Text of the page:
Opportunist? Good grief, he’s an acrobatic hack. Remember his description of Scooter Libby as a “fallen soldier” for his role in covering up the Bush administrations public disclosure of Valerie Wilson’s classified CIA status? I could go on and on. I wouldn’t trust this man with the trash.

  9. wwz says:

    Forgive me, but I am still of the mind that we won’t leave, and never intended to. Not entirely. By that I mean keeping a strong enough force in Iraq to provide the muscle for what we want from them, subject to the perceived political landscape at the time of appraisal, with the end game being access to petroleum wealth and an Iraq redoubt for the US.
    Sheikh Abdul Sattar Abu Reisha and with this new op-ed, Fouad Ajami, undercut the last saving-grace rationalization the Bush cohort has left to push forward for staying; al-Qaeda.
    The only real reasons for staying are to make rich men richer, and save a failed Prezit’s legacy. The cost is too high.
    Dismantle the Empire before its too late, if its not already. The Brits did it. We can as well.
    No, its not pacifism, just good sense.

  10. Charles I says:

    Re: Andy mink’s questions and Mad Dog’s question
    “It may be that an even more likely outcome would be that of a proto-state (or states) on the way to becoming the master of its own affairs. Could it be that the “blood-lust” engendered by Iraq’s years of ethnic/sectarian/religious manipulation has already been satisfied?”
    Pepe Escobar, having Interviewed Abu Risah, thinks not. Found via Jaun Cole today, PE writes over at Aisa Times of a post- withdrawal Sunni assault on the central government with a view to power.
    Intra-Sunni tribal reporting, right on point. Great article, as is JC’s squib:
    “Pepe Escobar in the Asia Times demolishes the ‘al-Anbar myth’ being promoted on the American Right. He does so on the basis of an actual interview with the late Sattar Abu Rishah, on the basis of a close analysis of tribal alliances in al-Anbar, and on the basis of recent opinion polling that shows 92 percent of Sunni Arabs support attacks on US troops and 98 percent despise the al-Maliki government. The tragedy is that Escobar is right about everything he says, but that virtually no one in the Washington power or journalism elite will probably ever read his important piece. Some nonentity who wouldn’t know the Dulaim from the Jubour will declaim some nonsense at NRO, and that will be what the Repub staffers on the Hill believe, having fed the nonentity the warped info in the first place.”

  11. Will says:

    the back & forth travel and migration b/n Jabal Amel (south lebanon) or Lebanese Shia, Irak, and Iran is intricate and convoluted. i would have wagered that Fouad Ajami is an Iraki transplant.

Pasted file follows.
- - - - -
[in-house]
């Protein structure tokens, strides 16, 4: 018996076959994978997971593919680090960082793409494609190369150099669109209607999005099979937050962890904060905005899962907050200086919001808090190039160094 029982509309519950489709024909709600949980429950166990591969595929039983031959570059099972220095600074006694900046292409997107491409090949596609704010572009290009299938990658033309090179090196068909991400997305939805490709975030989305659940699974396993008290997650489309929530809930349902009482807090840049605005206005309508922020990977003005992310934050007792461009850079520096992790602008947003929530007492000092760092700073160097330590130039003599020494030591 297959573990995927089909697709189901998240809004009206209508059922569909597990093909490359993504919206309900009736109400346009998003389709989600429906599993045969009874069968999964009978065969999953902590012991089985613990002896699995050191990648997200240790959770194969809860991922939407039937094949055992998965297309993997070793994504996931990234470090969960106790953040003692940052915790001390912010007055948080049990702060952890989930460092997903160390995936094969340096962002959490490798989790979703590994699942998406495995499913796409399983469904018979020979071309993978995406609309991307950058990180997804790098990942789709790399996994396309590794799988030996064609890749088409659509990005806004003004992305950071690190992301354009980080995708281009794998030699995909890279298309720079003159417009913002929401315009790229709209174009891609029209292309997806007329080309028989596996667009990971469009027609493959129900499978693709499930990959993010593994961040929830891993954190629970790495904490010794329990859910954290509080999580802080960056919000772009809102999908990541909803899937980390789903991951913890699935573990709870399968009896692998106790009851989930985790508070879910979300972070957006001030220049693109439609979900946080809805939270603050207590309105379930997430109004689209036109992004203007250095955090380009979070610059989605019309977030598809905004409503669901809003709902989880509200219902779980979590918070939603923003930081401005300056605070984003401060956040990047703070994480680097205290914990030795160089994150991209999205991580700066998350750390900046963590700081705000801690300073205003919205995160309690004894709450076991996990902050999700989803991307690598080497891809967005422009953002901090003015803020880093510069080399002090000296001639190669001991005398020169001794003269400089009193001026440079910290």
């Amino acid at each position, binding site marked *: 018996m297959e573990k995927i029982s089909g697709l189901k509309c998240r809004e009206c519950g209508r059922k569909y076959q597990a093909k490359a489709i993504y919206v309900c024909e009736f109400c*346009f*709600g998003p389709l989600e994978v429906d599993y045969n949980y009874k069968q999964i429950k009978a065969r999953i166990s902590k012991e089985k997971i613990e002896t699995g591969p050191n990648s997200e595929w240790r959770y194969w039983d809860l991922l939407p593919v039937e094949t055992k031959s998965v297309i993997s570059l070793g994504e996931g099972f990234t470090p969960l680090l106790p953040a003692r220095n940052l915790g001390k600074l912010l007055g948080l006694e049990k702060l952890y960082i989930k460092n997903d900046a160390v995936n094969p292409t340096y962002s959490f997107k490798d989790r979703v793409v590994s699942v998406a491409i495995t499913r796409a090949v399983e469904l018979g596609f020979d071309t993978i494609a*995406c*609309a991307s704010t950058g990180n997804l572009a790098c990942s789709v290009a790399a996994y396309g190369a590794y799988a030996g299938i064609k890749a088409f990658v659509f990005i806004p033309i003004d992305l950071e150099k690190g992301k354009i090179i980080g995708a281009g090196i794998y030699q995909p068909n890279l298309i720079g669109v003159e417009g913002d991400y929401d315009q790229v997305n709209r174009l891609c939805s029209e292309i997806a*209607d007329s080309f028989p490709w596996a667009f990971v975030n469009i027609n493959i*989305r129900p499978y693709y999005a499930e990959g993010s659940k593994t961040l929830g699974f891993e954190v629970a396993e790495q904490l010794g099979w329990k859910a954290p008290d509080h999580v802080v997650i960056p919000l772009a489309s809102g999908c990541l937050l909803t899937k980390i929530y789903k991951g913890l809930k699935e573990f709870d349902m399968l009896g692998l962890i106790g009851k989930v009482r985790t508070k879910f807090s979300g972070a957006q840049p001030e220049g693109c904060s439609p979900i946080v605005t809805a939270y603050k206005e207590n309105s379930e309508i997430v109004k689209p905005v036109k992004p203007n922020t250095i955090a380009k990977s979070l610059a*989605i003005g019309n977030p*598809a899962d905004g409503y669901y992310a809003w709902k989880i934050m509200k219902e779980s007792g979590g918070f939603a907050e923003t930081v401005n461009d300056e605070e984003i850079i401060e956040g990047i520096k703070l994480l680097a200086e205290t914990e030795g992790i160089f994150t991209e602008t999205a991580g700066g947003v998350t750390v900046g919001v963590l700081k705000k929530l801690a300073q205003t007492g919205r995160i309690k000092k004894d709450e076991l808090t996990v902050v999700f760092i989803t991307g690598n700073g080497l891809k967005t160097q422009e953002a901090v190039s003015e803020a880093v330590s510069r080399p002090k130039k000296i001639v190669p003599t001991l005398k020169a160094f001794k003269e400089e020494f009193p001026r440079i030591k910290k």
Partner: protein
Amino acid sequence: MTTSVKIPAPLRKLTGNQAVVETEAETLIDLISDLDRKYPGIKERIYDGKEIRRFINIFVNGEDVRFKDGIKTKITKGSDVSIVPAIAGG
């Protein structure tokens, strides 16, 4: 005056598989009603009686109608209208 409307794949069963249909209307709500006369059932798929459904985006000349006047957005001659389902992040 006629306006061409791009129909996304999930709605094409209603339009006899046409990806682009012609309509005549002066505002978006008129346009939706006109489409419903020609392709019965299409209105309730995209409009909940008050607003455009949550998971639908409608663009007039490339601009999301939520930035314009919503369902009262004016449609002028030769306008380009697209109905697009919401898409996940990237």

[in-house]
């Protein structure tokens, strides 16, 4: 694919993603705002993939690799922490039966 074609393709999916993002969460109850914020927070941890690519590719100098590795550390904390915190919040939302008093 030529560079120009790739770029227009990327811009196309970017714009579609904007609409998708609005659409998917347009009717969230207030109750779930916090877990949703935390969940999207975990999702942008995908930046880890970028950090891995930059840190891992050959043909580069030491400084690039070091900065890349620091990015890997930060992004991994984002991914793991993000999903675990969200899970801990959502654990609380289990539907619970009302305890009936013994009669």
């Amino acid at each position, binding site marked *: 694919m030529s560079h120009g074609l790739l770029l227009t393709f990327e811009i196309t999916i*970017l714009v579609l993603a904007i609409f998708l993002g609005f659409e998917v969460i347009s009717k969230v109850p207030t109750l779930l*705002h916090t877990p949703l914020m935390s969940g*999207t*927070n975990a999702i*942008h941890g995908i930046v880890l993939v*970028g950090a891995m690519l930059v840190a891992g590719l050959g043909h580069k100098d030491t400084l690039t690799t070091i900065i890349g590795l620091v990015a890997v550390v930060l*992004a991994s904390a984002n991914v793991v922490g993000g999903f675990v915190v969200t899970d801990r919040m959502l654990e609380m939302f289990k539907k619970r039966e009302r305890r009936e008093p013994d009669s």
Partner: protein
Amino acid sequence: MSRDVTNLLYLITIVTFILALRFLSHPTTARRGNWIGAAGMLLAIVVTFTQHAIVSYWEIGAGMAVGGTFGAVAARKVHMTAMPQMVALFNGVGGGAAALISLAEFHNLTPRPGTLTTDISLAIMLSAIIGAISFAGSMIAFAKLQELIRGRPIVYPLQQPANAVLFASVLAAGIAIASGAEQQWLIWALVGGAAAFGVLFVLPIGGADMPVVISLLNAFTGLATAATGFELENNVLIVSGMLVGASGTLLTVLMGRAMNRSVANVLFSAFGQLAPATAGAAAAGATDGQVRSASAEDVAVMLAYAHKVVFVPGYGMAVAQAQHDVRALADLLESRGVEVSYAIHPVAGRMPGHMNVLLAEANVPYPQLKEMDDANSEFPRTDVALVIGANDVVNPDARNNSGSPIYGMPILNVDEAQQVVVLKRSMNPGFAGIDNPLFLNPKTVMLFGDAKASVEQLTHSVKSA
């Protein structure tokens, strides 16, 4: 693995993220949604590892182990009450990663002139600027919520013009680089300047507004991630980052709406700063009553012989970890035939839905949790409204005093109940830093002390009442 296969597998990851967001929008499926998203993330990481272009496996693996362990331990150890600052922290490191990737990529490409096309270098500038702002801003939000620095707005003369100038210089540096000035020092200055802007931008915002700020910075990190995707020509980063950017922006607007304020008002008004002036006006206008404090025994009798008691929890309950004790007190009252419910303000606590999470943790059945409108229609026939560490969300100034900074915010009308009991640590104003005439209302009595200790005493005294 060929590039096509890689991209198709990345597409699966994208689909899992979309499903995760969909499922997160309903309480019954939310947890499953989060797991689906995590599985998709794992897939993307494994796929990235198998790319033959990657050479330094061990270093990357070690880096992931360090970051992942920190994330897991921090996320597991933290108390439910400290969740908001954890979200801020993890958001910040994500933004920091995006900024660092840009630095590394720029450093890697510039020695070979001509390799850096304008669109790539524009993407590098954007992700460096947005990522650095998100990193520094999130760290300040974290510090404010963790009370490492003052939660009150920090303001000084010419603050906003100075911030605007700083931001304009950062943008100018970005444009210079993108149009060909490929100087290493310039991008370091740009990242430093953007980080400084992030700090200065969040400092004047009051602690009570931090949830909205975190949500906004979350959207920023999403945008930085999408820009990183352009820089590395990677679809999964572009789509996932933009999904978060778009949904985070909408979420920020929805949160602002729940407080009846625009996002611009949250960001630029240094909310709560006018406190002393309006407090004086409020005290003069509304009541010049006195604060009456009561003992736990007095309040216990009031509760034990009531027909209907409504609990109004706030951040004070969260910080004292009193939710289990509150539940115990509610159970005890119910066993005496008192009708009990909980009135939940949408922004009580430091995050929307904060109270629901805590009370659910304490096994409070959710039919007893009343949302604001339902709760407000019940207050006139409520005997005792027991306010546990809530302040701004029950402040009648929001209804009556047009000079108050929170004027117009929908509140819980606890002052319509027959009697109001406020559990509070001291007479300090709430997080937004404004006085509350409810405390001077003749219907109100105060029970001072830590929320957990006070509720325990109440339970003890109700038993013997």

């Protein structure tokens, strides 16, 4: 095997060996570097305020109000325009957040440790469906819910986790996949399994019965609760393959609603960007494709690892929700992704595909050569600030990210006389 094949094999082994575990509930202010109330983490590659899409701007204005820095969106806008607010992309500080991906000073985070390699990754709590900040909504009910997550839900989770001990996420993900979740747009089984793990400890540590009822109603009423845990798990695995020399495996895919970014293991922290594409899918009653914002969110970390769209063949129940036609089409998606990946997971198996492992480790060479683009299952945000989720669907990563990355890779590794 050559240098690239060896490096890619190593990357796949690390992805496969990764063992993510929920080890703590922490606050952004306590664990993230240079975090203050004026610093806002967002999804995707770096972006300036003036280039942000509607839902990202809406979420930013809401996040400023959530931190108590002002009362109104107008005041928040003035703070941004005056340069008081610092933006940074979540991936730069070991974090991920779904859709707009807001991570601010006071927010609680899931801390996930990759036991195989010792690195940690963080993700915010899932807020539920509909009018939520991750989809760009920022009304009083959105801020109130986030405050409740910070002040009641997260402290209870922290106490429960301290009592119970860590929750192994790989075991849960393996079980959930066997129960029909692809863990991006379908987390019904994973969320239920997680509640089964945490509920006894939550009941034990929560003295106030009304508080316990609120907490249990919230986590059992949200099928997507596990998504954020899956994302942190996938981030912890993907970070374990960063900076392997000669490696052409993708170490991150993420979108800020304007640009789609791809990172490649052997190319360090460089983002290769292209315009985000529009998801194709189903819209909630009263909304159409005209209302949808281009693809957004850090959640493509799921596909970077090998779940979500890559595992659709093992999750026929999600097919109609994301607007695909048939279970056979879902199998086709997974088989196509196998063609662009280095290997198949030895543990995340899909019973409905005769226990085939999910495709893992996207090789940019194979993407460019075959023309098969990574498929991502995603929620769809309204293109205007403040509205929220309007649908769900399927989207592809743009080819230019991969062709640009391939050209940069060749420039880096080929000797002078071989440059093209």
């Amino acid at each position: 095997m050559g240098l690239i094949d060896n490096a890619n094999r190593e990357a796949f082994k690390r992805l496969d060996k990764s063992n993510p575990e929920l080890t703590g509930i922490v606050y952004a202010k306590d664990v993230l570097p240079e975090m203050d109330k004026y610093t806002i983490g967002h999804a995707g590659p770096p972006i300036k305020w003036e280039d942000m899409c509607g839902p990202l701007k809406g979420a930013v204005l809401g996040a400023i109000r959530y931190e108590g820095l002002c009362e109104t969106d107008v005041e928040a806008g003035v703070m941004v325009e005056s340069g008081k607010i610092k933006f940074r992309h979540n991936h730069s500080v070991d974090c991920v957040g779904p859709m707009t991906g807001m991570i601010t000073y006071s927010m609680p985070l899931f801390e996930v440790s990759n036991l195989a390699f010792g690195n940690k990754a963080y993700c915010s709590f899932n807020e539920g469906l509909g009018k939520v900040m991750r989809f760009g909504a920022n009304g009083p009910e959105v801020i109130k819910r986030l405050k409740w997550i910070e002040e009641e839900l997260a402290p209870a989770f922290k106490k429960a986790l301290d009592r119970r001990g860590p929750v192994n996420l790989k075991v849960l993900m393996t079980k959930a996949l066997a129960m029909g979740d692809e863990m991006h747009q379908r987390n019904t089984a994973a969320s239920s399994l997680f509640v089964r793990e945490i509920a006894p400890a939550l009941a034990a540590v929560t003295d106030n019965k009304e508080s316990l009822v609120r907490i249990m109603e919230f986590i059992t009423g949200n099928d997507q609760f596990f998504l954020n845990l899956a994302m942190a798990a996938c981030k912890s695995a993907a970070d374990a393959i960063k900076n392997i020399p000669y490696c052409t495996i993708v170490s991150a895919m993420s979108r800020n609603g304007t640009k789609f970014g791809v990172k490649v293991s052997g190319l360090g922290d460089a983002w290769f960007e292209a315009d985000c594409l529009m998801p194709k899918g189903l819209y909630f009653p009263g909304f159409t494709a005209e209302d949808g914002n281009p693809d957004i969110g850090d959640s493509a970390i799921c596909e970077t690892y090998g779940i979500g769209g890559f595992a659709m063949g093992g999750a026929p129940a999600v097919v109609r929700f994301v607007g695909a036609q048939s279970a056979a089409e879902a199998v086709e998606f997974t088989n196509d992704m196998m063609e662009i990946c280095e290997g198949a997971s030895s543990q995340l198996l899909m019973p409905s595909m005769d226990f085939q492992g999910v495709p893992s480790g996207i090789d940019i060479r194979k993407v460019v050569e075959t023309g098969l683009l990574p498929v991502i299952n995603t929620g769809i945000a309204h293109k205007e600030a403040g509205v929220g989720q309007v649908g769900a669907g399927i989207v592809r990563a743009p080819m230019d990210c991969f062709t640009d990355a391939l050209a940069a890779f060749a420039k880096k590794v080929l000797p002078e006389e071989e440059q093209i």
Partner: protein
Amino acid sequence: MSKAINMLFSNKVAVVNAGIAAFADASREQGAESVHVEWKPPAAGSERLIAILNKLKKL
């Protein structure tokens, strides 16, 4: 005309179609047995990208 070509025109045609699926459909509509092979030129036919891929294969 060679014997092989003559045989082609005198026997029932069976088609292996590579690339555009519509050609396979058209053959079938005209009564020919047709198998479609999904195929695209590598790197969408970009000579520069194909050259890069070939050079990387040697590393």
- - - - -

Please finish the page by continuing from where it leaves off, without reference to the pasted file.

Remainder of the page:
wrong, darn- the name should have been a dead give away- from wiki
    “Ajami was born on September 19, 1945, in Arnoun, a rocky hamlet in the south of Lebanon. His Shiite family had come to Arnoun from Tabriz, Iran in the 1850s. In Arabic, the word “Ajam” means “non-Arab” or, more specifically, “Persian”. ”
    On the other hand the charismatic lebanese Shiite leader “Musa a Sader,” founder of Amal, who disappeared in Libya is thought to be pure Iranian and spoke Arabic with a Parsi accent but (from the wiki)
    ” He was born in Qom, Iran in 1928 to the prominent Lebanese Sadr family of theologians. His father was Ayatollah Sadr al-Din Sadr, originally from Tyre. Ayatollah Muhammad Baqir al-Sadr (killed by Saddam H) was a distant cousin. ”
    The Lebanese Shiites of Jabal Amel credit themselves with converting Iran to their cause. It appears that Musa a Sadr was related to Moqtadr. It’s a small world.
    Can Fouad Ajami ever set apart his Shiite preference and be fair to the Sunna?
    If I was Muslim, i would be wracking my brain for a way to re-unite the House of Islam. It appears that the Iranians are the only ones that give a shxt about this. I guess from the Sunna point of view, the path is easy, just give up the extra stuff and return to the straight and narrow path.
    The Xtians were never able to unite under pressure of the Turkish threat. The Eastern Emperor was petrified of riots in the hippodrome and a coup by his magister militium if he accepted merger w/ Rome.

  12. Babak Makkinejad says:

    Col. Lang:
    Arun is corect.
    Italy, Germany, Japan, and (South Korea) are semi-sovereign. They are still occupied countries.

  13. Fred says:

    Is it a fact that Sheikh Abdul Sattar Abu Reisha was assassinated by al Qaeda?
    I believe the Sheikh was quite eloquent in saying “… we defeated al Qaeda by denying it religious cover,” Doesn’t this point to one of the most important (and difficult) differences between parties that make up of the Iraqi Government now (and will in the near future)? Couldn’t the same intent – denying groups religious cover – be directed here domestically to the neocons and their supporters?

  14. W. Patrick Lang says:

    Babak, Arun et al
    How do you accont for the fact that there is a SOFA which allows Germany to station troops on US soil?
    Does that make the US semi-sovereign? pl

  15. Jose says:

    Will, what is your source on the Shia travels to and from?